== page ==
About Me

My photo
Melfort, Saskatchewan, Canada
I am a lawyer in Melfort, Saskatchewan, Canada who enjoys reading, especially mysteries. Since 2000 I have been writing personal book reviews. This blog includes my reviews, information on and interviews with authors and descriptions of mystery bookstores I have visited. I strive to review all Saskatchewan mysteries. Other Canadian mysteries are listed under the Rest of Canada. As a lawyer I am always interested in legal mysteries. I have a separate page for legal mysteries. Occasionally my reviews of legal mysteries comment on the legal reality of the mystery. You can follow the progression of my favourite authors with up to 15 reviews. Each year I select my favourites in "Bill's Best of ----". As well as current reviews I am posting reviews from 2000 to 2011. Below my most recent couple of posts are the posts of Saskatchewan mysteries I have reviewed alphabetically by author. If you only want a sentence or two description of the book and my recommendation when deciding whether to read the book look at the bold portion of the review. If you would like to email me the link to my email is on the profile page.

Wednesday, April 14, 2021

The Bounty by Janet Evanovich and Steve Hamilton

(12. - 1084.) The Bounty by Janet Evanovich and Steve Hamilton - A dynamic opening sees a “master thief” slipping into the Vatican whose security services have been alerted. They are aided by a lovely FBI special agent, Kate O’Hare, and the suave Nick Fox, a “world-class thief. (Kate is a hard driving agent while Nick has shifted sides to assist the agency in challenging investigations.) The combined forces are still unable to prevent the theft of a 75 year old map and the escape of the thief.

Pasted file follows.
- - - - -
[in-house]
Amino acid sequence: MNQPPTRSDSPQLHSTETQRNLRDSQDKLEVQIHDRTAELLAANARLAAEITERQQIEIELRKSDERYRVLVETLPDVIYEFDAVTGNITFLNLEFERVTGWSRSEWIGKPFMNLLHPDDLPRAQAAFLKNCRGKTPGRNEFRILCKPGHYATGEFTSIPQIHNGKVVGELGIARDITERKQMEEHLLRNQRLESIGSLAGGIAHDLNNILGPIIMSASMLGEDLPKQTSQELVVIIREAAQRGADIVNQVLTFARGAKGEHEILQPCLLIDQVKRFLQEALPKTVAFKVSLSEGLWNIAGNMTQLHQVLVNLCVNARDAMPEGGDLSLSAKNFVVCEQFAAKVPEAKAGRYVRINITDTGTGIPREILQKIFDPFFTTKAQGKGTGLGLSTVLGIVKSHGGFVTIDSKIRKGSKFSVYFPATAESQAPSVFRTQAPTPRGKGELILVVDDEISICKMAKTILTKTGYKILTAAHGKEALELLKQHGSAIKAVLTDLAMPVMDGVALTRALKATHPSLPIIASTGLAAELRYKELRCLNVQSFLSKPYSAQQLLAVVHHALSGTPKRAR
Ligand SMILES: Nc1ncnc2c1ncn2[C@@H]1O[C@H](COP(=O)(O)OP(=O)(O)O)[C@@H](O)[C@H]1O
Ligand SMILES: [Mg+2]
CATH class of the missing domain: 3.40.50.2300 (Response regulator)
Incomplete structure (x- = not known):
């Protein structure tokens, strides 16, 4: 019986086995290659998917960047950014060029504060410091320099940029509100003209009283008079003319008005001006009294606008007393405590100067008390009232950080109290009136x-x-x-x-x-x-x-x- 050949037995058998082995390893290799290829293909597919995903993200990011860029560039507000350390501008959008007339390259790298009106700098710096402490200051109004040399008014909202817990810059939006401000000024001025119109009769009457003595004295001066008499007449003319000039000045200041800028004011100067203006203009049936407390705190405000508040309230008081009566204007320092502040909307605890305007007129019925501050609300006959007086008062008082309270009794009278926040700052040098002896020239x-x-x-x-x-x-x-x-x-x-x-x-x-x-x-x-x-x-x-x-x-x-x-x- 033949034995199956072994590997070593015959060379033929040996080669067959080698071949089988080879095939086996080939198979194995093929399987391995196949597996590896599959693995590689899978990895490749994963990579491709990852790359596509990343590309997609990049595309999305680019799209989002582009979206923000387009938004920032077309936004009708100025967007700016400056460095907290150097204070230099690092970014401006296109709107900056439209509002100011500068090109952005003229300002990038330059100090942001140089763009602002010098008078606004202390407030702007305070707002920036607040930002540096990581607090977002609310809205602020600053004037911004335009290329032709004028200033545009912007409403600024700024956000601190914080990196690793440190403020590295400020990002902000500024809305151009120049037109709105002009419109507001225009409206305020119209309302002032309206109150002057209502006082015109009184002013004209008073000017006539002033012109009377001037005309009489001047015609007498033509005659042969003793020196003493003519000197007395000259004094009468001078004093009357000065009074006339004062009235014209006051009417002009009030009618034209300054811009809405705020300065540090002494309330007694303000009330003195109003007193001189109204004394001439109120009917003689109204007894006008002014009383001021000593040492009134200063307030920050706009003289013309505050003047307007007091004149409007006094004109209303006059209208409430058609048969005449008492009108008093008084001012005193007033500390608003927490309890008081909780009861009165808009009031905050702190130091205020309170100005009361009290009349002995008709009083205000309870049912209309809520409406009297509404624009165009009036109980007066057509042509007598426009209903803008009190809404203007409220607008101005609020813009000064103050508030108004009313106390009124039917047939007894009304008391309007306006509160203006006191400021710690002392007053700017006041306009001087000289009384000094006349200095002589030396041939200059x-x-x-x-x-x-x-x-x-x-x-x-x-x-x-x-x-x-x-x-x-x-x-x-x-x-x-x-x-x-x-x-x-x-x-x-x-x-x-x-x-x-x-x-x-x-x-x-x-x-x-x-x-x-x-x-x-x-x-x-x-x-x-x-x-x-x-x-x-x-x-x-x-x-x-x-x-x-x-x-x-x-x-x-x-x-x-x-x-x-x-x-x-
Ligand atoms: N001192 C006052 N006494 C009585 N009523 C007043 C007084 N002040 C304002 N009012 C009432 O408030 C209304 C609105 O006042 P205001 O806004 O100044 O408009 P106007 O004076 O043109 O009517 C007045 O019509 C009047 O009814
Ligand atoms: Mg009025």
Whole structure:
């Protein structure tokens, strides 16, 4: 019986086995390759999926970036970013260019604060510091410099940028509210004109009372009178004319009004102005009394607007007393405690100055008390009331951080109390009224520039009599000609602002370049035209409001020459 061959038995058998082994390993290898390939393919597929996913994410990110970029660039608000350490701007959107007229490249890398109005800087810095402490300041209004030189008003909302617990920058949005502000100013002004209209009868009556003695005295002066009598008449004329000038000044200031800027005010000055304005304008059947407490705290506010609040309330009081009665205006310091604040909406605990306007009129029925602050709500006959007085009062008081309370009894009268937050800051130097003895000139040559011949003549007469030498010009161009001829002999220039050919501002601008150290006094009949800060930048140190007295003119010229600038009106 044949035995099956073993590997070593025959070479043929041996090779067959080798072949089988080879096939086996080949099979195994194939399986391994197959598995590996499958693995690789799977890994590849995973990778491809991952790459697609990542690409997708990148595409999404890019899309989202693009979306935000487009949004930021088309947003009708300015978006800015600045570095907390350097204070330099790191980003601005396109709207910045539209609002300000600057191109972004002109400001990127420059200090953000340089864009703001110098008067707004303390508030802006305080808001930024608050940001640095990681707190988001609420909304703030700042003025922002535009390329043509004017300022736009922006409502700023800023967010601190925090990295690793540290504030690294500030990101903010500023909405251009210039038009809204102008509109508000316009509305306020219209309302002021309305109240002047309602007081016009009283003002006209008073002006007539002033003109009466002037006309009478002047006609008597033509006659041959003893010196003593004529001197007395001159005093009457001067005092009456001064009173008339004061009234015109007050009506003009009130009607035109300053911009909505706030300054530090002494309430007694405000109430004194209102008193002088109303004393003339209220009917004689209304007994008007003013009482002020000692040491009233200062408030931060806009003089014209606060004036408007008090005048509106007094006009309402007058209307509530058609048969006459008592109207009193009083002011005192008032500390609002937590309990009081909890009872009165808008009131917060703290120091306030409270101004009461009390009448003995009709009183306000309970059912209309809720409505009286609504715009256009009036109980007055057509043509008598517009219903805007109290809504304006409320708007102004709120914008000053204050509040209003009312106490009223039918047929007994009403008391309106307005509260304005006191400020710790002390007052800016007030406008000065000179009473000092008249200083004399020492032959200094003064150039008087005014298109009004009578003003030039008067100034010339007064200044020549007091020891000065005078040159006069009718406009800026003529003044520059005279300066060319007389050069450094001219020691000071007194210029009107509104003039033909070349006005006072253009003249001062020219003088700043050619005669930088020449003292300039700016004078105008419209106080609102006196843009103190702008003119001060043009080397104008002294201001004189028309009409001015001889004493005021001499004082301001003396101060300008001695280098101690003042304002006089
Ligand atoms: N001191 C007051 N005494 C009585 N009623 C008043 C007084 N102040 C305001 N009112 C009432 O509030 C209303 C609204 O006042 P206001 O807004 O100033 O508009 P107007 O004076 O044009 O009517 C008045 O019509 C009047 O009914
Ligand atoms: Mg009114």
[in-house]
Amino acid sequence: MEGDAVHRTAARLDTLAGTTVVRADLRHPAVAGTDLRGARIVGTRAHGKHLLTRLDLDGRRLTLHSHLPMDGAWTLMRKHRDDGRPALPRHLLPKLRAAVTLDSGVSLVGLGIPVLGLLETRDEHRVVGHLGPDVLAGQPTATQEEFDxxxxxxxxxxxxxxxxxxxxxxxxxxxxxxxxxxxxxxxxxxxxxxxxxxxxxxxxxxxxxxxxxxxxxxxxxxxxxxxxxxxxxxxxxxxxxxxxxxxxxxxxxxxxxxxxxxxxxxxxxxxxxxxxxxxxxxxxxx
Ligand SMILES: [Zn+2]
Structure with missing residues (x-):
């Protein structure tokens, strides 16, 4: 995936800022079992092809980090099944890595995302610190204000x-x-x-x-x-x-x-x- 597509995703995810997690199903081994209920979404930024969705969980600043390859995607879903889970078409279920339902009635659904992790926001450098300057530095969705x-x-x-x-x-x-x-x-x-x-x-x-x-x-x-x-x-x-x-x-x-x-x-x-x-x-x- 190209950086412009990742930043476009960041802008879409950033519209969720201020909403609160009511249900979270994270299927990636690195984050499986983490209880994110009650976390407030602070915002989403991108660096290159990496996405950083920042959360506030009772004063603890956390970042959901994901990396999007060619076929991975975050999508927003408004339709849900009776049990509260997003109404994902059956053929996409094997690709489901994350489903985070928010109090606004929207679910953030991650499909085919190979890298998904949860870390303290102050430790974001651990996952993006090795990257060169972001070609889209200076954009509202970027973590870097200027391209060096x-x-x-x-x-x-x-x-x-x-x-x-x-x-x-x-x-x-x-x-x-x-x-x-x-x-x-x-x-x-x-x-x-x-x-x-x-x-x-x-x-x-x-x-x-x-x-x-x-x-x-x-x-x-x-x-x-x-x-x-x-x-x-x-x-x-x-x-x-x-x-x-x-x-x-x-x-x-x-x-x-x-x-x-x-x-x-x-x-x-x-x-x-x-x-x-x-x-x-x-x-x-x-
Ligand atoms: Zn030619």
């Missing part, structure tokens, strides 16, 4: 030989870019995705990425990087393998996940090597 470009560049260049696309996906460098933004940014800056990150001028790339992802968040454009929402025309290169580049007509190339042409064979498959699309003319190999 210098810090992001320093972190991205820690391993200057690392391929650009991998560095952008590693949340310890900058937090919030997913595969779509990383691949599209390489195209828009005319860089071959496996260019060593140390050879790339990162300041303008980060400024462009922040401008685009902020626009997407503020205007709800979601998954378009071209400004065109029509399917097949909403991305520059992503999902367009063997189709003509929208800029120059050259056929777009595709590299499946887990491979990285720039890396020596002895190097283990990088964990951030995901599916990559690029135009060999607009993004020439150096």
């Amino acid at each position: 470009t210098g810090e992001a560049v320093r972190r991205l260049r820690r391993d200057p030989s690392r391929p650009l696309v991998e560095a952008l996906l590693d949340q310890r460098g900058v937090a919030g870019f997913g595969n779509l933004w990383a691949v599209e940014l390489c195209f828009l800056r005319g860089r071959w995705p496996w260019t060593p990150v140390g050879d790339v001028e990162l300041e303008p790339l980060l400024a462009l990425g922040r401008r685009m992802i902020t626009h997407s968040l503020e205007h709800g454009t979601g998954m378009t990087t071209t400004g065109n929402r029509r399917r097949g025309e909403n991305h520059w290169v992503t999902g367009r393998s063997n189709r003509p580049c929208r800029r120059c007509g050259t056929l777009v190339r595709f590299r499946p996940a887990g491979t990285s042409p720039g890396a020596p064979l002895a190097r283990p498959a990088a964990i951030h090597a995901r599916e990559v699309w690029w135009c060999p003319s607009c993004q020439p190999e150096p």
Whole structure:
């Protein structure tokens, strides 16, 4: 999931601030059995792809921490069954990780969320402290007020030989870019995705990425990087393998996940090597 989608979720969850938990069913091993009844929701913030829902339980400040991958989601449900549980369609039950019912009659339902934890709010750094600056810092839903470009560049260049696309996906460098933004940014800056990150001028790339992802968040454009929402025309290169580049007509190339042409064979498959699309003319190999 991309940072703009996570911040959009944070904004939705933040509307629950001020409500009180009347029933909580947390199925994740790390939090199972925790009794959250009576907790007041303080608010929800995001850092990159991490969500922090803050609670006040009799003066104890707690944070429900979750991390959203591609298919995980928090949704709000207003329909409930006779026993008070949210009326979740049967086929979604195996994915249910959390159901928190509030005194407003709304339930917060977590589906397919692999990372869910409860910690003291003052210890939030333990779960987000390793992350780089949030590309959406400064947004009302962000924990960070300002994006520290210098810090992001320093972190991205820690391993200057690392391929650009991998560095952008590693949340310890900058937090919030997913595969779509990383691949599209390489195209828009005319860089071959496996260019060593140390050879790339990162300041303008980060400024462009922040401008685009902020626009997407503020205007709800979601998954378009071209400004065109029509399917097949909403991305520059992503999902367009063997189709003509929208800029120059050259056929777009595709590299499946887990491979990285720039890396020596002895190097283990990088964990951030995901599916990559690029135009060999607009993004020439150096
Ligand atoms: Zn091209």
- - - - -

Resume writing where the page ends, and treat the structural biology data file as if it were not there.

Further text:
The map is a modern treasure map created at the end of WW II by members of Die Bruderschaft (the Brotherhood),”a group of Nazi officals and sympathsizers” as a guide to tons of hidden Nazi gold. The Brotherhood has a new generation of members. Nazis and now Neo-Nazis have served thriller writers well for almost 90 years.

The map was stolen by Quentin Fox, the father of Nick. Quentin was an art dealer who had a secret second career as a CIA operative. It is nice to have a clever 62 year old man swiftly scaling walls, creating diversions and escaping from the dome of St. Peter’s Basilica by an SAS parachute.

Quentin and Nick become a dynamic duo pursuing the gold.

Kate goes rogue, ignoring her superiors, as she seeks to capture the pair. In her past she has caught Nick three times.

In a clever twist Kate’s father, Jake, joins the trio. Few thrillers have heroes joined by their fathers.

Deciphering the map is intriguing. The quartet careens around Europe. The action is non-stop. 

It is movie ready. Script writers need hardly do more than recite the existing dialogue. The spectacular settings for scenes are beautiful and dramatic.

It is an excellent classic contemporary American thriller. The story moves smoothly. Bodies accumulate in 8 different countries. I am finding it harder to enjoy thrillers where the good guys casually solve each problem by killing a few more bad guys. I was reminded of the Indiana Jones series.

Readers who enjoy current movies based on comic heroes will love The Bounty.


  1. I like the plot point of the map and museum, Bill, History interests me, and even though that's not the main point of the plot, I like it. And I agree with you: having a father join in is an interesting bit of character development. The pace sounds good, too, for a thriller. It sounds like a good read for those times when it's fun to let go of disbelief. Glad you enjoyed this.

    1. Margot: Thanks for the comment. I would have preferred more thought and analysis and less action. It is an excellent book for the beach.